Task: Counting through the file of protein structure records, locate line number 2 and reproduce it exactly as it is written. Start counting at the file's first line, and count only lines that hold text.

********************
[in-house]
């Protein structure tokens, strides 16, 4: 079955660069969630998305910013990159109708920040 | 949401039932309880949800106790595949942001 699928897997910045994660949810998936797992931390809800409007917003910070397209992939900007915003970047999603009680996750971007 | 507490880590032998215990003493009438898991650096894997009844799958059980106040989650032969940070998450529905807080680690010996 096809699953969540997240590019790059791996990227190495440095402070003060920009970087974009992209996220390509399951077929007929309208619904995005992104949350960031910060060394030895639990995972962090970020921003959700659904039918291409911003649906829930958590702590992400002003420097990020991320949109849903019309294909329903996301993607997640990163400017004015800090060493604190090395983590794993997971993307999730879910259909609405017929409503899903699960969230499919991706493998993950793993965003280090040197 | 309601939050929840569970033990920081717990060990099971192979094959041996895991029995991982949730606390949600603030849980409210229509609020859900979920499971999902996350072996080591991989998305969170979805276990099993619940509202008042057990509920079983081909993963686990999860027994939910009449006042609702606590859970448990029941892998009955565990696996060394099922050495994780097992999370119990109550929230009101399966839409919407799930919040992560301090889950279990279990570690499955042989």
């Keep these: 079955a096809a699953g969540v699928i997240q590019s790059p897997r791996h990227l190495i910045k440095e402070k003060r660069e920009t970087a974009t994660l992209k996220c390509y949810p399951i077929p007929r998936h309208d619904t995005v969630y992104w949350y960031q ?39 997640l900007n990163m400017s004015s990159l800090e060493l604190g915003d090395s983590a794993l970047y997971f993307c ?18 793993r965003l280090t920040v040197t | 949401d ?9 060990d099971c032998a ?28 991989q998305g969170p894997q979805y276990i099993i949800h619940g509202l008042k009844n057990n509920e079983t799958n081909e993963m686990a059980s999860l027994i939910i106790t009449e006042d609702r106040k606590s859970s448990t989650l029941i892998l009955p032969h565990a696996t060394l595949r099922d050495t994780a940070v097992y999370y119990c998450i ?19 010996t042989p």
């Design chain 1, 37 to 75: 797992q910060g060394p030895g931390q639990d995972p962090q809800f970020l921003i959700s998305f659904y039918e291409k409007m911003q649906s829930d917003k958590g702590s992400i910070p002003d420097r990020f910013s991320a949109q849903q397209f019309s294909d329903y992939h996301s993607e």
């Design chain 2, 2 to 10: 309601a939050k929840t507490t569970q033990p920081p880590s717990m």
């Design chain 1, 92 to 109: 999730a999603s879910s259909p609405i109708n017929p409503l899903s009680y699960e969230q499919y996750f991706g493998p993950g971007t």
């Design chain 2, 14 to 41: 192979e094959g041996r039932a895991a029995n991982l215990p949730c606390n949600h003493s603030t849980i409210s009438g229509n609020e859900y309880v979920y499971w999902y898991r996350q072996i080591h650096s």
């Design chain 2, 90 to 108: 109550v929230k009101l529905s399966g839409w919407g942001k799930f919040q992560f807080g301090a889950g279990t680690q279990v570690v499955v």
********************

């Protein structure tokens, strides 16, 4: 079955660069969630998305910013990159109708920040 | 949401039932309880949800106790595949942001 699928897997910045994660949810998936797992931390809800409007917003910070397209992939900007915003970047999603009680996750971007 | 507490880590032998215990003493009438898991650096894997009844799958059980106040989650032969940070998450529905807080680690010996 096809699953969540997240590019790059791996990227190495440095402070003060920009970087974009992209996220390509399951077929007929309208619904995005992104949350960031910060060394030895639990995972962090970020921003959700659904039918291409911003649906829930958590702590992400002003420097990020991320949109849903019309294909329903996301993607997640990163400017004015800090060493604190090395983590794993997971993307999730879910259909609405017929409503899903699960969230499919991706493998993950793993965003280090040197 | 309601939050929840569970033990920081717990060990099971192979094959041996895991029995991982949730606390949600603030849980409210229509609020859900979920499971999902996350072996080591991989998305969170979805276990099993619940509202008042057990509920079983081909993963686990999860027994939910009449006042609702606590859970448990029941892998009955565990696996060394099922050495994780097992999370119990109550929230009101399966839409919407799930919040992560301090889950279990279990570690499955042989």